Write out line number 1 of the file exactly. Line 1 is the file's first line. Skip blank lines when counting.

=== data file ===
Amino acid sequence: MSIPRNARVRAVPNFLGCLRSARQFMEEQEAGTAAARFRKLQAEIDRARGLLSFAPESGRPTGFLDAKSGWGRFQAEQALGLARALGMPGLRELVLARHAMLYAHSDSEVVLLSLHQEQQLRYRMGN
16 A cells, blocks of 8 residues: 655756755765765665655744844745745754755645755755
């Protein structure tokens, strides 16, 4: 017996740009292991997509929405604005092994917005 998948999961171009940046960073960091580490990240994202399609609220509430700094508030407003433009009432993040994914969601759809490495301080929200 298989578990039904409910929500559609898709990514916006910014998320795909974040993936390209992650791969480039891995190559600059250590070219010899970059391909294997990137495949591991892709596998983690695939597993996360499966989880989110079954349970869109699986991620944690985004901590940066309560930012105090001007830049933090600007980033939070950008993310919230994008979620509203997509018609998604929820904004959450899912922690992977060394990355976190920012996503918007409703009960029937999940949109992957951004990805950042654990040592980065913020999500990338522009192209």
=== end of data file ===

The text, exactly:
Amino acid sequence: MSIPRNARVRAVPNFLGCLRSARQFMEEQEAGTAAARFRKLQAEIDRARGLLSFAPESGRPTGFLDAKSGWGRFQAEQALGLARALGMPGLRELVLARHAMLYAHSDSEVVLLSLHQEQQLRYRMGN